Whether those higher rates are enough to absorb a new Stockton Lake pumping system remains unknown. Gibson said the pump problems have served as an eye-opener.
"Water is a resource we can't take for granted, as we found out last year with the drought," he said. "I'd encourage everyone to do what you can to conserve water when you can."

Berlin Technologies

Friday, November 23, 2007

Water firm to spend £16m on pumps

The BBC News is reporting today on Yorkshire Water, a water company from Yorkshire that was criticised over the summer floods in Hull, has announced it is to spend £16m on improving the city's pumping stations.

The article can be found on the BBC website.

Berlin Technologies


The following is offered for sale on

2 units of oilwell 1400hp mud pumps c/w GE DC engine,accessories and parts.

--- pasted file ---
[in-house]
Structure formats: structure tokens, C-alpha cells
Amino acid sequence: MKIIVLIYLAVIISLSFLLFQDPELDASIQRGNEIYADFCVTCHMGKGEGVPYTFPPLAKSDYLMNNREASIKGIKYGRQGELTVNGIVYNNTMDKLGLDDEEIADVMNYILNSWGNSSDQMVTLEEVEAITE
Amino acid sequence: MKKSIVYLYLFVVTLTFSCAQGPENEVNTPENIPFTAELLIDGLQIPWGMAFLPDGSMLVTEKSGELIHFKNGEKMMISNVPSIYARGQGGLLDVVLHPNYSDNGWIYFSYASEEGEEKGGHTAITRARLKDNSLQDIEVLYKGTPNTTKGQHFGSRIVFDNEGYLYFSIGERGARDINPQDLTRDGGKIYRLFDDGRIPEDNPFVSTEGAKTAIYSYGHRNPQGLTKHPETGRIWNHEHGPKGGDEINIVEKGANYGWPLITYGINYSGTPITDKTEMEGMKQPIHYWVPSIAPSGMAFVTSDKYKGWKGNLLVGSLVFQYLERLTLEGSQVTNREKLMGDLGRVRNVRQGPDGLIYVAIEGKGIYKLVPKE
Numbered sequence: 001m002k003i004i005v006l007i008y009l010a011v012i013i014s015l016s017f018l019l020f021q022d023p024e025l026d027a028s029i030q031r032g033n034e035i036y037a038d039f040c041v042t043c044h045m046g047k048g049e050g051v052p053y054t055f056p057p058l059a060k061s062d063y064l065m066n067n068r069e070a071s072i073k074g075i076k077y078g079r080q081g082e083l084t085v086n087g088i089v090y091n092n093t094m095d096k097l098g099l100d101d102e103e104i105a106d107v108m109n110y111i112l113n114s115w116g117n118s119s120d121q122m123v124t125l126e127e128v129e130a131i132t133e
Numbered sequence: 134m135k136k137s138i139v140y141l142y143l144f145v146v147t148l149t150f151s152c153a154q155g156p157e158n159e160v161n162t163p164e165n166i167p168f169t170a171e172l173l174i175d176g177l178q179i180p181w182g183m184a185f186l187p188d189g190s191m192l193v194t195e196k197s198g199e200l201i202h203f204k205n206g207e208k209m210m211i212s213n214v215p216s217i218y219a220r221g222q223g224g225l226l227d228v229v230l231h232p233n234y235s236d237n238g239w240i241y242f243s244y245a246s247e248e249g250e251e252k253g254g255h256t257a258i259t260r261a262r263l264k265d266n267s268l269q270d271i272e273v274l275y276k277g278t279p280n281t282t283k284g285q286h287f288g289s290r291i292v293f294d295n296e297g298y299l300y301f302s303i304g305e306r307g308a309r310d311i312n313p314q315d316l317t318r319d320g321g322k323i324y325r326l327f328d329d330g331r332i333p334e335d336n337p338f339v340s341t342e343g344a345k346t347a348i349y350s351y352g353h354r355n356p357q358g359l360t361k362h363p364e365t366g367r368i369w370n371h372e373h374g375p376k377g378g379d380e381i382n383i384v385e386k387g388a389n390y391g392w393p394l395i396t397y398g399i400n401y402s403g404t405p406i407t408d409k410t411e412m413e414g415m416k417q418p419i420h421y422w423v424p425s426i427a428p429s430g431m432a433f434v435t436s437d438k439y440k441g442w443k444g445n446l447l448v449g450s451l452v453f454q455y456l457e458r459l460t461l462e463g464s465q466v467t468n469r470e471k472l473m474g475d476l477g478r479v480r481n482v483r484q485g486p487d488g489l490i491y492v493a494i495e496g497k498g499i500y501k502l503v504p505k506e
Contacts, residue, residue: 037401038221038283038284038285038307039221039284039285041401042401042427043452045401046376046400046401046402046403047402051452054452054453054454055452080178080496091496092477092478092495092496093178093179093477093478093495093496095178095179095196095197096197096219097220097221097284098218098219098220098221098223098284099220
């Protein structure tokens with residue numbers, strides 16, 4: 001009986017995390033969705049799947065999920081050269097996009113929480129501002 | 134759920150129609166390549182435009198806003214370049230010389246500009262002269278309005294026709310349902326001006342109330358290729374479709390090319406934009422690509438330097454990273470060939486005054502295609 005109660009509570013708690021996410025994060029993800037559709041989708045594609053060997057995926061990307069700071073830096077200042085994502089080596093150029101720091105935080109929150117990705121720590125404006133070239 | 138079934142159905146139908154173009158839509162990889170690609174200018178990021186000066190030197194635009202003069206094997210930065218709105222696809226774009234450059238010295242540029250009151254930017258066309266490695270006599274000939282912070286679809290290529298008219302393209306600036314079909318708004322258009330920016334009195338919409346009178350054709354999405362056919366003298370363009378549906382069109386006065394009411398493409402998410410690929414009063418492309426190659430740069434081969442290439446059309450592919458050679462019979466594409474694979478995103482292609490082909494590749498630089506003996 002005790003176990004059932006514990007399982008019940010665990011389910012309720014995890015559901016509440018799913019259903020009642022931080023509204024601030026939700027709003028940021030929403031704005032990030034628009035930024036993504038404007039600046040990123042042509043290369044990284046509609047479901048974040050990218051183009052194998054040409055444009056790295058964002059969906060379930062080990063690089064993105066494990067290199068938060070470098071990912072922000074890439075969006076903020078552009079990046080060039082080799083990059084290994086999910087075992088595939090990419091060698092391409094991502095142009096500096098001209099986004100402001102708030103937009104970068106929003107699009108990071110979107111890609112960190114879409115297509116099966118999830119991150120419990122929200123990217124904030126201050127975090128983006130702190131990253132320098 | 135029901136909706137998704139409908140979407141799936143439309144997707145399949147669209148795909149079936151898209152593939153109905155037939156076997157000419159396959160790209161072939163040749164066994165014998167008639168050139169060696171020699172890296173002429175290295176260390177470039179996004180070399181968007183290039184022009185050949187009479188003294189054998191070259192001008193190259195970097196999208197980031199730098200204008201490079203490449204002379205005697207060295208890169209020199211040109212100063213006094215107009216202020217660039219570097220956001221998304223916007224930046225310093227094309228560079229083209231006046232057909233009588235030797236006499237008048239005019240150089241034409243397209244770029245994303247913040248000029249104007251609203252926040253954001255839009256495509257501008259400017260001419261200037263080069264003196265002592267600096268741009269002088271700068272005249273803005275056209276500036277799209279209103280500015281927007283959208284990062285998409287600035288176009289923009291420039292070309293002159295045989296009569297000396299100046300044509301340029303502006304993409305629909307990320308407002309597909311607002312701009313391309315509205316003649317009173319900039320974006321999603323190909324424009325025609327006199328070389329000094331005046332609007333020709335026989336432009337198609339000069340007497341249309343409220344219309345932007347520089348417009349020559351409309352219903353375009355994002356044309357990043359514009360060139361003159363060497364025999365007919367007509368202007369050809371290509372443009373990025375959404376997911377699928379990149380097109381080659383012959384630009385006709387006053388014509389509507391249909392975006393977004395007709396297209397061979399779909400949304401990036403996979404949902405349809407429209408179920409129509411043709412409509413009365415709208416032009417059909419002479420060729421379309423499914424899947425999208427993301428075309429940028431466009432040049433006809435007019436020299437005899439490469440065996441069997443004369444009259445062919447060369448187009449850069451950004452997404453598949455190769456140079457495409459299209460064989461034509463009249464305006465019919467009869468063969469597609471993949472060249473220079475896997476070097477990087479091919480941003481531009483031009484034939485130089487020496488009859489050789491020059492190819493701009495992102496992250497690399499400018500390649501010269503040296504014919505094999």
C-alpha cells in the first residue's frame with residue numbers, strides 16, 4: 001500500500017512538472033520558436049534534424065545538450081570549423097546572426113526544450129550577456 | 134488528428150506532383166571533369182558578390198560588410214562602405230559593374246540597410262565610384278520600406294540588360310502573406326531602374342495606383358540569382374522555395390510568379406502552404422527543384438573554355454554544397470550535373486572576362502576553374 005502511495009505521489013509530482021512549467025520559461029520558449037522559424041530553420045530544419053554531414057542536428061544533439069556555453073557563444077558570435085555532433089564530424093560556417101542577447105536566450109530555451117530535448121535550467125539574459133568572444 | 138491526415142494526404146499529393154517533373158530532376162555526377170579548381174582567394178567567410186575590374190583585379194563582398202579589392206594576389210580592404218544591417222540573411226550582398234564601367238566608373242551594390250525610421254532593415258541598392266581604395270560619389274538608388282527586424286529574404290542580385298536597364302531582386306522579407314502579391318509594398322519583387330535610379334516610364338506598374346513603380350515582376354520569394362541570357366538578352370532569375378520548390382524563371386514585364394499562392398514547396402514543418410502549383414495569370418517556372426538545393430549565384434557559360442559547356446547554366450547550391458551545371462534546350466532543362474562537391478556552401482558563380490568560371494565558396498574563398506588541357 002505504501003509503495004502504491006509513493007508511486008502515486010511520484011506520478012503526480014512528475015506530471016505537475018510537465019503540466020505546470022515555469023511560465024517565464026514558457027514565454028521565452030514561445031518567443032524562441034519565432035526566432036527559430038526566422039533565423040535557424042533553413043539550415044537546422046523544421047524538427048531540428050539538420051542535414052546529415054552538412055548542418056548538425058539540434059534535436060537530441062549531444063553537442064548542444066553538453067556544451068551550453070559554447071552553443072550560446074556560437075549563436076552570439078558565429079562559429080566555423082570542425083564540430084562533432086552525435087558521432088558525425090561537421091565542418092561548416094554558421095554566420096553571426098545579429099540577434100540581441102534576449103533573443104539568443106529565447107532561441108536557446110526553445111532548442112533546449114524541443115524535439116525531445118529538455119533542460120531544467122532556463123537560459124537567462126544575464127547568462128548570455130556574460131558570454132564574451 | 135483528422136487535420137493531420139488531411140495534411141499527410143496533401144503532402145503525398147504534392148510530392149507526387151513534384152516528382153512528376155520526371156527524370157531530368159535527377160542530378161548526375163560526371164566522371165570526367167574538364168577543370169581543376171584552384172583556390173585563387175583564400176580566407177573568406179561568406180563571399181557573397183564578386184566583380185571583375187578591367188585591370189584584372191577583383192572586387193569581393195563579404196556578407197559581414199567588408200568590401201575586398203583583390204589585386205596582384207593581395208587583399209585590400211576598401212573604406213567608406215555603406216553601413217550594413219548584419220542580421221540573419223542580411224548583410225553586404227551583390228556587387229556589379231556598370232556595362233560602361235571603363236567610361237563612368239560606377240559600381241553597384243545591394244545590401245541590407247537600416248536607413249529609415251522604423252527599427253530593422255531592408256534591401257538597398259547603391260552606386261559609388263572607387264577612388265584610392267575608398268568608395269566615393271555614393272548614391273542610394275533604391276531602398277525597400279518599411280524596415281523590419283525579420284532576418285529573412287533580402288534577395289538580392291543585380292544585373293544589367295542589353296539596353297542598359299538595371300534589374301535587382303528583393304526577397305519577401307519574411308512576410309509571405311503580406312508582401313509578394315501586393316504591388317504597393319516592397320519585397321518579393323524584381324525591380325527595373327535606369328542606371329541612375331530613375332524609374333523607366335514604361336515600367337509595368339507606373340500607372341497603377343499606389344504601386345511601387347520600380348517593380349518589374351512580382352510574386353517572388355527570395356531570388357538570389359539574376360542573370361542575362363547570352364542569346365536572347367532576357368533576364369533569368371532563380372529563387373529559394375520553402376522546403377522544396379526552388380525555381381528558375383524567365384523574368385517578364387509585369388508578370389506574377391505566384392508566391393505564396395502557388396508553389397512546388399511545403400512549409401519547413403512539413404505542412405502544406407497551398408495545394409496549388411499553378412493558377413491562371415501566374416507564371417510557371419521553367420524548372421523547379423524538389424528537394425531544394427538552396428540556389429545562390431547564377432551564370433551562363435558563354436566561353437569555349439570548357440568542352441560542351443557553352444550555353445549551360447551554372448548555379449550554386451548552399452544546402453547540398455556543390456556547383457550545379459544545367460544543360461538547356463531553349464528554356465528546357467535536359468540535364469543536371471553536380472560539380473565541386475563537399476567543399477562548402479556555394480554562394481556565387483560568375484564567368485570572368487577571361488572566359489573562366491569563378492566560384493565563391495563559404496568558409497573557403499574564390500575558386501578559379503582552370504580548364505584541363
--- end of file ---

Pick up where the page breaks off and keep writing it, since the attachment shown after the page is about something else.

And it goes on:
General terms & conditions:

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3)Payment mode must be COD-WIRE TRANSFER or Irrevocable,Transferable,Auto-Revolving Documentary-LC in favor of seller,upon buyer confirm order.

Further details and photos can be found on the ad.

Berlin Technologies

Saturday, November 17, 2007

Flowserve Declares Quarterly Cash Dividend of 15 Cents Per Share

Flowserve Corp., one of the world’s leading providers of fluid motion and control products and services, announced last Thursday (Nov 15) that its Board of Directors has authorized the payment of a quarterly cash dividend of 15 cents per share on the company's outstanding shares of common stock.

The dividend is payable on January 9, 2008, to shareholders of record as of the close of business on December 26, 2007.

Operating in more than 55 countries, Flowserve produces engineered and industrial pumps, seals and valves as well as a range of related flow management services. More information about Flowserve can be obtained by visiting the company’s website at